Located at the Toronto and Region Conservation Authority’s (TRCA) Living City Campus at Kortright, the Archetype Sustainable House has been involved in various research projects focusing on innovative products and technologies that influence current building practices in sustainable housing. To keep with the home’s sustainable design, the team chose an Uponor radiant floor heating system to help reduce the home’s ecological footprint.
In an Uponor radiant floor heating system, warm water flows through crosslinked polyethylene (PEX) tubing that is either embedded in the concrete, fastened to the subfloor surface or suspended under the floors. The warmth radiates up from the floor to warm objects and people in a room. The designers chose an Uponor hydronic system because water has the capacity to transport energy 3,500 times greater than air to use less energy than a traditional forced-air system.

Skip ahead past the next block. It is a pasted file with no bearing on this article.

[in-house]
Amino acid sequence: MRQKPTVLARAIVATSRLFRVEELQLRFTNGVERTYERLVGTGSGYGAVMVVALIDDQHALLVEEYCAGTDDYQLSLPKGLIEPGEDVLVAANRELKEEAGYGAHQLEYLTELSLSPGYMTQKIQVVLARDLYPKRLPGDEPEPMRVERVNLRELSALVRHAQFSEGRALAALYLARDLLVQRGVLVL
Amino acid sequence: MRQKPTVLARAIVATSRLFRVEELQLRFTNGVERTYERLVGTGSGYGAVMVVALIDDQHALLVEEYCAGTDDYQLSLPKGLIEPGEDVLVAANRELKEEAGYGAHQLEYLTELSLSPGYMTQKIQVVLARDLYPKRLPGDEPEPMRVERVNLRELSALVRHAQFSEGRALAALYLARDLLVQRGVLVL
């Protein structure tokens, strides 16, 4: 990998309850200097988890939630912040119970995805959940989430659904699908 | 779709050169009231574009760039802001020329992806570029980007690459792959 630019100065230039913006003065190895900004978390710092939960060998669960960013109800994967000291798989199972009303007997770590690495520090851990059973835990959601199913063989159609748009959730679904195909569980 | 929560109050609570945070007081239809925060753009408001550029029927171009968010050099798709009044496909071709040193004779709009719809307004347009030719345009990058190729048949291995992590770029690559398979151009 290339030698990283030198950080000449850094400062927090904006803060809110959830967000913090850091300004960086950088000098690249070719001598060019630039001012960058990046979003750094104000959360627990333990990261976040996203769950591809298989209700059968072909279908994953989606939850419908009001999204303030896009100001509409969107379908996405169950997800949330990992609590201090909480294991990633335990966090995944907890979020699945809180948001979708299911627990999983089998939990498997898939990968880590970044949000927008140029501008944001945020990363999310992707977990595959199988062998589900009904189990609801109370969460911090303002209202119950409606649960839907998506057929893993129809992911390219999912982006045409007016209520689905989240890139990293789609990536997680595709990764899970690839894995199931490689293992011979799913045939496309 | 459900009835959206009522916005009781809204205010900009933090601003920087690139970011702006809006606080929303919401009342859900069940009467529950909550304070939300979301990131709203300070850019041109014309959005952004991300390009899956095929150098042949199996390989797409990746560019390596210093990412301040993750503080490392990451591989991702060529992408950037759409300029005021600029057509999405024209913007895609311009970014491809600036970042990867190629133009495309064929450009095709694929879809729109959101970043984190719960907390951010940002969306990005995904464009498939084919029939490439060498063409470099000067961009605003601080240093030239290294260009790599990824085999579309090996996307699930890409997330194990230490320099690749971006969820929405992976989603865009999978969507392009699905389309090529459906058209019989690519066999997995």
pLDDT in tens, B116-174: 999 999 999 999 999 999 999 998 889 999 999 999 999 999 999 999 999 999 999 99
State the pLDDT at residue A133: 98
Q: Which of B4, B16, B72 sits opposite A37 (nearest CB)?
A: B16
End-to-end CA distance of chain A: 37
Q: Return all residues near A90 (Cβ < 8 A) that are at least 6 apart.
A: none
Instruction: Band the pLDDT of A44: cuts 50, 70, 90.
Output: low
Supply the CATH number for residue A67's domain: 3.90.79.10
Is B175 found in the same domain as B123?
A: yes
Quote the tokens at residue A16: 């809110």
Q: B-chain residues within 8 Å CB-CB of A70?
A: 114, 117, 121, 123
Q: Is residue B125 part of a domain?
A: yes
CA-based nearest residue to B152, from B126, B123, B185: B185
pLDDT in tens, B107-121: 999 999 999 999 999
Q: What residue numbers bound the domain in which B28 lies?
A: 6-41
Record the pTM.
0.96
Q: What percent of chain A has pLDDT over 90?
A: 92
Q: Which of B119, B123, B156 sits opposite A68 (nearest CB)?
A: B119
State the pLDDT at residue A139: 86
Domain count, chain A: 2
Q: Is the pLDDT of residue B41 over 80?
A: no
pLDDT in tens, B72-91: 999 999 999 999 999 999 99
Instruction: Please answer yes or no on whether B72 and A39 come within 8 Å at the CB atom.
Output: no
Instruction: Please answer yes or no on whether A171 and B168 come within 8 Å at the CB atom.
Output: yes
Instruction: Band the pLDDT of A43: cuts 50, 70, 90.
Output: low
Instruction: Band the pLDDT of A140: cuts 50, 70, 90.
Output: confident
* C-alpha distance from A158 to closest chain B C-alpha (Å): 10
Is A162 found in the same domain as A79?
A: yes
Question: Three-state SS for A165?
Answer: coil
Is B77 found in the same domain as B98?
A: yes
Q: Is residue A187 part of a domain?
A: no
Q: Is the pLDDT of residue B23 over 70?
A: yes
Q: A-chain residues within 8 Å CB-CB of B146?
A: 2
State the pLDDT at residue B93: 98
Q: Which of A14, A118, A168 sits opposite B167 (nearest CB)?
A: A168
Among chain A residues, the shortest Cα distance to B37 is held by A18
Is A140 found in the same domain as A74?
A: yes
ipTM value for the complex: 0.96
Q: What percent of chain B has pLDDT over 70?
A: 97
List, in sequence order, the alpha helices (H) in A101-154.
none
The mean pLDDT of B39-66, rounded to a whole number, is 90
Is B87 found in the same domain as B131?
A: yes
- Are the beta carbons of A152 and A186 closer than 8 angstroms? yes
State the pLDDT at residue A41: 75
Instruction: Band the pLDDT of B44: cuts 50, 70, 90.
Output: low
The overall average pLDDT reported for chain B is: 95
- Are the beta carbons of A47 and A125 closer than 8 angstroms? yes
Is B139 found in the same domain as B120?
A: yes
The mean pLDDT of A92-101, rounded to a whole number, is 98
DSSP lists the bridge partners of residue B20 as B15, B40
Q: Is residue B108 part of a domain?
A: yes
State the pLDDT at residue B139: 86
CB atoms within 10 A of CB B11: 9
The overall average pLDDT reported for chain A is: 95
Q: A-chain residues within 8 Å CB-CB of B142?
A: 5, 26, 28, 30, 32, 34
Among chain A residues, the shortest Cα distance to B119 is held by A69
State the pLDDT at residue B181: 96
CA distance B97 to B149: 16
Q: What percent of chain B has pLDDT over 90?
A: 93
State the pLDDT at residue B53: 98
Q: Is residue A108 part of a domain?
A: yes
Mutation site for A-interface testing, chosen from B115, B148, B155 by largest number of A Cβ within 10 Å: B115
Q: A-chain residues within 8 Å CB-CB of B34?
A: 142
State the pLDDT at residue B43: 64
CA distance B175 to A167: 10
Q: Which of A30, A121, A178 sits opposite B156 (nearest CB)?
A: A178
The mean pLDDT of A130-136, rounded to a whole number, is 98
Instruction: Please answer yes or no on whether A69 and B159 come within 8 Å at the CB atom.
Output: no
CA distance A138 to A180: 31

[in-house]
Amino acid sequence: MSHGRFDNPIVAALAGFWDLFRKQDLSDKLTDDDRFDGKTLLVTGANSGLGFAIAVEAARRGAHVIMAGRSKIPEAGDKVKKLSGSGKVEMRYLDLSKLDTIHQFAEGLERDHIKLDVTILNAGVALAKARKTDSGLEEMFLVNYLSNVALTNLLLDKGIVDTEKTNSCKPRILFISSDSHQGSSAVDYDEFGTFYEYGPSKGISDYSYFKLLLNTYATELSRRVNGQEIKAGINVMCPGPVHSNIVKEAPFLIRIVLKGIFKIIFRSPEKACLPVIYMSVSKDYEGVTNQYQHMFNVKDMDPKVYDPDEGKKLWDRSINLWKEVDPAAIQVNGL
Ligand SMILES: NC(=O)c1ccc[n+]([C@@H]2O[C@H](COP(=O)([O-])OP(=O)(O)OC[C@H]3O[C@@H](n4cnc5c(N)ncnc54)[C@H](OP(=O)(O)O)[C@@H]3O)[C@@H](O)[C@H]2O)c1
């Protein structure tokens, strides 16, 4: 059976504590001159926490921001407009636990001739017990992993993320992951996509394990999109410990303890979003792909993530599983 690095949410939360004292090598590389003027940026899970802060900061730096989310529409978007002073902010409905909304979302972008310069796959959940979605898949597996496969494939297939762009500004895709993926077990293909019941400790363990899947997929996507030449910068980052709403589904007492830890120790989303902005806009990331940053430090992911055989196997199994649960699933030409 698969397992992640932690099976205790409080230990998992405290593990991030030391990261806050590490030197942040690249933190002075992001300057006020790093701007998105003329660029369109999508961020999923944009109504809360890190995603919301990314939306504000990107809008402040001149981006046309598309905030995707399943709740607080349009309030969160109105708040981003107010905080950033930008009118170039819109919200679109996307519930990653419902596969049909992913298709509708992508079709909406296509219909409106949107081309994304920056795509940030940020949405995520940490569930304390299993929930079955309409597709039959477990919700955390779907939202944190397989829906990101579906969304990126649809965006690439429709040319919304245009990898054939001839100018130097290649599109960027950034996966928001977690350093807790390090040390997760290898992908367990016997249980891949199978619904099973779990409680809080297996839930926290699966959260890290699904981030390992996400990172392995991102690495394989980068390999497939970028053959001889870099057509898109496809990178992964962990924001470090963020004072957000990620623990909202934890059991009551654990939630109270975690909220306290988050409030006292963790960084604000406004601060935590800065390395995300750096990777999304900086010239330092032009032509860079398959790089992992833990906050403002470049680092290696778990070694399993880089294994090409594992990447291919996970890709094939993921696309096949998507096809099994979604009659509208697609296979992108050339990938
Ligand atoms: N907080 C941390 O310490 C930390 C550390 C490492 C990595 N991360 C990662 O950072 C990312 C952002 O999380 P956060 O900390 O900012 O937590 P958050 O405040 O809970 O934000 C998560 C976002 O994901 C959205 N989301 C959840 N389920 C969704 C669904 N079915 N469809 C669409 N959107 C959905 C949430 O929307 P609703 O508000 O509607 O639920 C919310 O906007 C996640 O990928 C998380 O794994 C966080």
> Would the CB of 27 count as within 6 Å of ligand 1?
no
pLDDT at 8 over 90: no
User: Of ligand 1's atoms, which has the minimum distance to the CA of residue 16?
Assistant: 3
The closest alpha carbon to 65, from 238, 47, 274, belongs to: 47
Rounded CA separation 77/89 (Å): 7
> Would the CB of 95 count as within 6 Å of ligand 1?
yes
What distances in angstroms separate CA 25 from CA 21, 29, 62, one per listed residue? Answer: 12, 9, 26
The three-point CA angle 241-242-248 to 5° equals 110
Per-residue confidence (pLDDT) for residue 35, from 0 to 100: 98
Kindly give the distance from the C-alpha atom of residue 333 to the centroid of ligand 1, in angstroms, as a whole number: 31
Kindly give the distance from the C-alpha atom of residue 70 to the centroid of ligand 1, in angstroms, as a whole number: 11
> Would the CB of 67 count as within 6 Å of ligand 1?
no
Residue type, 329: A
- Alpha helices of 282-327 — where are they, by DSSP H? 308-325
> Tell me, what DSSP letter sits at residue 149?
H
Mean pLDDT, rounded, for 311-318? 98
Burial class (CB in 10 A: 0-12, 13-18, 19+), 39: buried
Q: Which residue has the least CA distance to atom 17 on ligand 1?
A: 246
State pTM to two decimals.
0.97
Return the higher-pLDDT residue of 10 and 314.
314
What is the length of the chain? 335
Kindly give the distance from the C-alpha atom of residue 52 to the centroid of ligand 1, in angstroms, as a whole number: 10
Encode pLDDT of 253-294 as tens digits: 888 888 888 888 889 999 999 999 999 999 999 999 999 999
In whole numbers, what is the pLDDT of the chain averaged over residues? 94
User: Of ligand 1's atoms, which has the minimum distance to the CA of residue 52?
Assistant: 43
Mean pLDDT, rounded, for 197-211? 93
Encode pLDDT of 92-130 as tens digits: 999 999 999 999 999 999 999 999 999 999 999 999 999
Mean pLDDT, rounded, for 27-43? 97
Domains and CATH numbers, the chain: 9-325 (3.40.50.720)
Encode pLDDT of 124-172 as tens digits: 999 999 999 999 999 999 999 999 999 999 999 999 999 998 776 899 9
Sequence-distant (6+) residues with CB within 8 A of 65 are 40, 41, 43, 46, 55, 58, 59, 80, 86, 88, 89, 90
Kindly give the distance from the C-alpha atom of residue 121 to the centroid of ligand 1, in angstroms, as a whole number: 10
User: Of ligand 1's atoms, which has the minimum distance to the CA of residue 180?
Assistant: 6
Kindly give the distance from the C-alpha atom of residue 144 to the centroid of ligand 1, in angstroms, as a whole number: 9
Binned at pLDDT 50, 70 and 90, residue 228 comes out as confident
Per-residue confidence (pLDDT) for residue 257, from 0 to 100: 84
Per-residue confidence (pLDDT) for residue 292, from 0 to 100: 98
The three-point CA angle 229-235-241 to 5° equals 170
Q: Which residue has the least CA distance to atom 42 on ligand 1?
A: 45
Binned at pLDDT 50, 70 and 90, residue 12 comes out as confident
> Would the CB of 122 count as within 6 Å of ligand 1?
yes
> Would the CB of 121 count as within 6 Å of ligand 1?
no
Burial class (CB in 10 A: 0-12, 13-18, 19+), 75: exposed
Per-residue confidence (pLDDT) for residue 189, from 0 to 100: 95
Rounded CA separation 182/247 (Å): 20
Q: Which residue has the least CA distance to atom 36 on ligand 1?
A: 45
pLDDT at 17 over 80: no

In conjunction with the radiant heating solution, the team installed a heat-recovery ventilator that uses fans to maintain a low-velocity flow of fresh outdoor air into the house (incoming air stream) while removing an equal amount of stale indoor air (exhaust air stream).
Staying true to the sustainable design, the LEED®-certified home also incorporated features such as ENERGY STAR® appliances, solar panels, double-paned windows, and a water collection and filtration system.